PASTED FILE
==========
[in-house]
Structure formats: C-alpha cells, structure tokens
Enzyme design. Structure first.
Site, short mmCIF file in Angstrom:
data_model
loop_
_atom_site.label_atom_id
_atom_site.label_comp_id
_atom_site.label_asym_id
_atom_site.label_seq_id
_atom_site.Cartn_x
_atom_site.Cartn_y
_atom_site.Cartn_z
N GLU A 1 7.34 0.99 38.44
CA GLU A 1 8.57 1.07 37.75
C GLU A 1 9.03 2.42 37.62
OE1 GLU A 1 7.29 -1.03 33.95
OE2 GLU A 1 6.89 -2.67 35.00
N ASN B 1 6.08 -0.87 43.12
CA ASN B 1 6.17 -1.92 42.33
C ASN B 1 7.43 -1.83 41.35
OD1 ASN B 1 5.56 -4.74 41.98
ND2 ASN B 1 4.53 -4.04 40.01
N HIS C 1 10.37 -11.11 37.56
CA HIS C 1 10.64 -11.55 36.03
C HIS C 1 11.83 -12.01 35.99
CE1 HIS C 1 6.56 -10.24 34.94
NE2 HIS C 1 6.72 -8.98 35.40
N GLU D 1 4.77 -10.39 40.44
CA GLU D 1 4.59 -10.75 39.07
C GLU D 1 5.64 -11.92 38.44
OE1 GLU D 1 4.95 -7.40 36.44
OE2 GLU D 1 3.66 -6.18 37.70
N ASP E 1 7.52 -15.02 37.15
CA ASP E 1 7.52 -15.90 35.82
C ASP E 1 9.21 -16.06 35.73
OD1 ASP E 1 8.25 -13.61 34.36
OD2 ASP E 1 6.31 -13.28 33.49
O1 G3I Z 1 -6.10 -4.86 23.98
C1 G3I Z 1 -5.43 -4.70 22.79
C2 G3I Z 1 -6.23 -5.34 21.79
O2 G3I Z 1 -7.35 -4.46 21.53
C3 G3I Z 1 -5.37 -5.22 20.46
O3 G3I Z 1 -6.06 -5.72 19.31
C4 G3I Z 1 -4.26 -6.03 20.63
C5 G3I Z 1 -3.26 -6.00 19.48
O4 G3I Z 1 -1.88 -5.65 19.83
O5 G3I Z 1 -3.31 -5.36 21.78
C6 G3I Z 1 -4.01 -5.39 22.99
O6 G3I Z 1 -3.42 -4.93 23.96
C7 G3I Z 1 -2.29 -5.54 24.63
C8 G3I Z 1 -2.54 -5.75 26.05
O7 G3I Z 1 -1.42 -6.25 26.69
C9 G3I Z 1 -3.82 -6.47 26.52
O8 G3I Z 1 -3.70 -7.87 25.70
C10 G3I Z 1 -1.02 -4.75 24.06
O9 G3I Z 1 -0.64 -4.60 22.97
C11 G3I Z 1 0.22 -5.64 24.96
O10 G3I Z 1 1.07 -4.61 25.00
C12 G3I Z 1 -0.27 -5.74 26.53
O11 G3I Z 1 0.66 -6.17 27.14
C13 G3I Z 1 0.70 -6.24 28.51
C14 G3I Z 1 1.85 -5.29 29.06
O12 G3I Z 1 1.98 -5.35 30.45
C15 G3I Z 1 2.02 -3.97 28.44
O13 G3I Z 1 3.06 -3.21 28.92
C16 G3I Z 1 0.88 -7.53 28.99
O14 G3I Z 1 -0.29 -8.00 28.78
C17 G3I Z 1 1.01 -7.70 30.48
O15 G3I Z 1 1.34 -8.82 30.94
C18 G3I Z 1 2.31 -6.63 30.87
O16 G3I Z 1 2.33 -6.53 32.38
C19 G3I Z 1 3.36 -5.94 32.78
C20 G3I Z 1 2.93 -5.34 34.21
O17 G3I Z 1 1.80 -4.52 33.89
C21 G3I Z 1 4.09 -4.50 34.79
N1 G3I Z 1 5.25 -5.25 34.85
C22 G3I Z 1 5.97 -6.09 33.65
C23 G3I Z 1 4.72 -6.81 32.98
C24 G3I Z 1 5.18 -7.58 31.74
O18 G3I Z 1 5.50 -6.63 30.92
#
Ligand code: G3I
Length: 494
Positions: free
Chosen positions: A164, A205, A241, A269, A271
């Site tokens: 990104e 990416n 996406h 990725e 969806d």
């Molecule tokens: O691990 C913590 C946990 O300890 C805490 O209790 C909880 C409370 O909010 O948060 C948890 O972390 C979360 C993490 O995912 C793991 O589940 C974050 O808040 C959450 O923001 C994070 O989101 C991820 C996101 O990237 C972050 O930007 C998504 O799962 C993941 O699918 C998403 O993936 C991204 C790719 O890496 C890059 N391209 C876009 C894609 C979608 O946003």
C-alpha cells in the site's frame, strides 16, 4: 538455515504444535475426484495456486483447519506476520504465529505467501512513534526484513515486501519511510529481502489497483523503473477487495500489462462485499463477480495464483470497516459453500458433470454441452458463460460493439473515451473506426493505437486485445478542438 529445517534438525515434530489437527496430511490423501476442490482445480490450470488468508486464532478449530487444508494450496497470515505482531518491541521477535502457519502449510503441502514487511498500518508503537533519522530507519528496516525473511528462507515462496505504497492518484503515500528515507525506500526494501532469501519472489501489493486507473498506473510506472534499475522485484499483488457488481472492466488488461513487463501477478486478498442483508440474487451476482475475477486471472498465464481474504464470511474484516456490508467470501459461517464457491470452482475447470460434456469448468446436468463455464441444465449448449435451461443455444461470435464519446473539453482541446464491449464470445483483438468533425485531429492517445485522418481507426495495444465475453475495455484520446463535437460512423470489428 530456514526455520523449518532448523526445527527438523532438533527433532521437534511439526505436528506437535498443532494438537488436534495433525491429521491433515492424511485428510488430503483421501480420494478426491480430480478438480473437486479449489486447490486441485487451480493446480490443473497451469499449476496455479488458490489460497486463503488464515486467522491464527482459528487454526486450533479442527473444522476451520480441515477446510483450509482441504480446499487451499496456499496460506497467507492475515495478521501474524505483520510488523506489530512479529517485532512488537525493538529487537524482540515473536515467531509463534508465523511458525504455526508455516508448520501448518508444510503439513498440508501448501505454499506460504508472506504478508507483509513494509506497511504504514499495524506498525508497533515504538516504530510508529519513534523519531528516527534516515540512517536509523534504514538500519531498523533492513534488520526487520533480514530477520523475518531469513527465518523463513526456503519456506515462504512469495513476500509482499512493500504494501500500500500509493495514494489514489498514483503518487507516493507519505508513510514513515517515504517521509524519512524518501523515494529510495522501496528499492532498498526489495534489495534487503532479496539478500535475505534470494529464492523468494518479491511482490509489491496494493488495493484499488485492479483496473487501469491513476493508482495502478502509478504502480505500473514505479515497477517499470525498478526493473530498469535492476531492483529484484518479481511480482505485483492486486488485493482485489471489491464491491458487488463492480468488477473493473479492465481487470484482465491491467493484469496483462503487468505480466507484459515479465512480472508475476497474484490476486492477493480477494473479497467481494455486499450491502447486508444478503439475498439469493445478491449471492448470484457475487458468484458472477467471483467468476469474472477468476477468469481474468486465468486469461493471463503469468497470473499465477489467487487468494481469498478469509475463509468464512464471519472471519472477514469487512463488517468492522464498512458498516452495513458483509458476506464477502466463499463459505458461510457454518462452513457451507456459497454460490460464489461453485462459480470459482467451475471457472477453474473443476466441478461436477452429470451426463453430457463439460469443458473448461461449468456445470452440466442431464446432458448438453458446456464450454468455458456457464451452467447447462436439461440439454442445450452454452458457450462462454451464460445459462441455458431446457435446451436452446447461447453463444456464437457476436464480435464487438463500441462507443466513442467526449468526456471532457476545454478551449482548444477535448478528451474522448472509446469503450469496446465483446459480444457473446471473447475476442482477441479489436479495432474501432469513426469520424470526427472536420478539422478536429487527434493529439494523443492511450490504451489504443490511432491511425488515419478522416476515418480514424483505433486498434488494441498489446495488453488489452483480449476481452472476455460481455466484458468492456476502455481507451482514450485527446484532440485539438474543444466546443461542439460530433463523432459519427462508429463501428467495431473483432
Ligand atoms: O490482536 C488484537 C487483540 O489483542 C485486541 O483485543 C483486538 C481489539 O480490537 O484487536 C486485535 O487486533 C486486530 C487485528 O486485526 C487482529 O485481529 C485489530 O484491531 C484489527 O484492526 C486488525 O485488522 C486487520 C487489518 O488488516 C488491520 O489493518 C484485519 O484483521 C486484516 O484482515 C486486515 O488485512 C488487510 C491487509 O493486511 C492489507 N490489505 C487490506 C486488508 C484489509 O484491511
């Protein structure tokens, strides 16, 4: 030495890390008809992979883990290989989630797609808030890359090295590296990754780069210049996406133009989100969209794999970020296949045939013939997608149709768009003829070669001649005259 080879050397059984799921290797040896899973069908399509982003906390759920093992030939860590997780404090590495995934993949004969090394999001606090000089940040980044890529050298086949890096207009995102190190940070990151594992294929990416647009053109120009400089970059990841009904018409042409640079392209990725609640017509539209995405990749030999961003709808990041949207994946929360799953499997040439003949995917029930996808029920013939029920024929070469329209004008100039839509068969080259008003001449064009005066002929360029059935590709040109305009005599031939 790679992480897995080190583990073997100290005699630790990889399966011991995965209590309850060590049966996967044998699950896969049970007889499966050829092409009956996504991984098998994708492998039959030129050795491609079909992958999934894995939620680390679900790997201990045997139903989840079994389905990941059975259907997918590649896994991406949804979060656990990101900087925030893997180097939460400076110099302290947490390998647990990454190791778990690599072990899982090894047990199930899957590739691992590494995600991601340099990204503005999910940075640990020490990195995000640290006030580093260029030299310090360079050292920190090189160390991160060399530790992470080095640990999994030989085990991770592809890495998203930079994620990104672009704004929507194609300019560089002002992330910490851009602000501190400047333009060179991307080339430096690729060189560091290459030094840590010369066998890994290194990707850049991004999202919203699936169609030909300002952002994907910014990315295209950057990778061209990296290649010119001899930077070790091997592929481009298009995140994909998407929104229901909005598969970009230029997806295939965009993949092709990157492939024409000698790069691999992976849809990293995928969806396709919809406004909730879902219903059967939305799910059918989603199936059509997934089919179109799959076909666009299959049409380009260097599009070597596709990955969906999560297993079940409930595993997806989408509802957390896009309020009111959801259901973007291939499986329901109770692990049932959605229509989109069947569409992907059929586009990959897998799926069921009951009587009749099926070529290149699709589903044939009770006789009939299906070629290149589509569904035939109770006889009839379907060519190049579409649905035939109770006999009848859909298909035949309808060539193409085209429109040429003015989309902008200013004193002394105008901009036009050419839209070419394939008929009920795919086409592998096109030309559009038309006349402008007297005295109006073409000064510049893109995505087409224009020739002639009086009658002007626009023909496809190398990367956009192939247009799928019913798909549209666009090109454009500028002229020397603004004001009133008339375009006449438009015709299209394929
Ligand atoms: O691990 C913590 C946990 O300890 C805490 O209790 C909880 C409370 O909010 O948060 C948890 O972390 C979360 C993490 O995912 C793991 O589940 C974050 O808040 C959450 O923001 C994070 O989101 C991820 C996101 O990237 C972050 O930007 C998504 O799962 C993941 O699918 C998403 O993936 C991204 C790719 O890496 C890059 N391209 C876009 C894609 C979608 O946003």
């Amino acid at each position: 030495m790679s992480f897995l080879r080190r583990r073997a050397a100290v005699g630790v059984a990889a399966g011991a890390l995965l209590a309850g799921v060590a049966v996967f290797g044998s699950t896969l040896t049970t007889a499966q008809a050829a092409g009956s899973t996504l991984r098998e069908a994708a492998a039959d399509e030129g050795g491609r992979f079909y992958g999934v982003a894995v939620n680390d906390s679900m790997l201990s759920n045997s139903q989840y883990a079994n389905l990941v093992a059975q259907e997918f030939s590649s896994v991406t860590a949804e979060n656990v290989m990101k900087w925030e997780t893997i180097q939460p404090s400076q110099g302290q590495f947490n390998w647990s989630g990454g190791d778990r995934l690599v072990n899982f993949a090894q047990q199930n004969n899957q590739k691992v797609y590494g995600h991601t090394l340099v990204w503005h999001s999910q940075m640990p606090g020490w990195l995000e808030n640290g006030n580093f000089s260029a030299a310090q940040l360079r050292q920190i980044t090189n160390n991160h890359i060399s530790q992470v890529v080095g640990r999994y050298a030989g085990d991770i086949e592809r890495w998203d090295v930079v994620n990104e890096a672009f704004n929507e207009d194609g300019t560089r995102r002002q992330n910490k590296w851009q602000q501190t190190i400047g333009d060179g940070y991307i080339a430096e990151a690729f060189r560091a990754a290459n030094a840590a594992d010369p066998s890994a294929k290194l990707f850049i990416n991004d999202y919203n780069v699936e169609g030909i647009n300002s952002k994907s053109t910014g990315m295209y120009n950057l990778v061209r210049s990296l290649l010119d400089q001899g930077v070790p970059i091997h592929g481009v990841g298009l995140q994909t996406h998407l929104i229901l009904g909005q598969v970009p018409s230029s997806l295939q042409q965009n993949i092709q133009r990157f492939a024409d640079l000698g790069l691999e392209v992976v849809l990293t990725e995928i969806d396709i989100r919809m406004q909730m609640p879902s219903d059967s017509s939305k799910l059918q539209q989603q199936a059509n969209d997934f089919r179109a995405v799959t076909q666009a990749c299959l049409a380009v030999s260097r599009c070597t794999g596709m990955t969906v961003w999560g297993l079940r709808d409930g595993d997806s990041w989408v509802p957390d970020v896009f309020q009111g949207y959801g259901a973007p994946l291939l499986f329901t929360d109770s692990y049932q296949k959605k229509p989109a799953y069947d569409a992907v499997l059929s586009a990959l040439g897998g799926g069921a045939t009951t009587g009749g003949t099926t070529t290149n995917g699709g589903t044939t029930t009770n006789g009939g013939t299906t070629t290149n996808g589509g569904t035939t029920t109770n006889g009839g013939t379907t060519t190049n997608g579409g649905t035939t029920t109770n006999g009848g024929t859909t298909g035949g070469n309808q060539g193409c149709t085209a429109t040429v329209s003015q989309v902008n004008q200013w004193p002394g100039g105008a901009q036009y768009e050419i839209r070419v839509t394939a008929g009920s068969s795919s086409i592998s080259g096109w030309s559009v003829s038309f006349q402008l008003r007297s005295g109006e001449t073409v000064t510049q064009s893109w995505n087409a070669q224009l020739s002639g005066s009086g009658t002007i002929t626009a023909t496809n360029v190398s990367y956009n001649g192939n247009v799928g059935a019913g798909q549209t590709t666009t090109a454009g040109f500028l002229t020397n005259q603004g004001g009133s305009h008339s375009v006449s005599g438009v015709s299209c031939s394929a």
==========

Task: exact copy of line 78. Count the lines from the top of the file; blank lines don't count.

C22 G3I Z 1 5.97 -6.09 33.65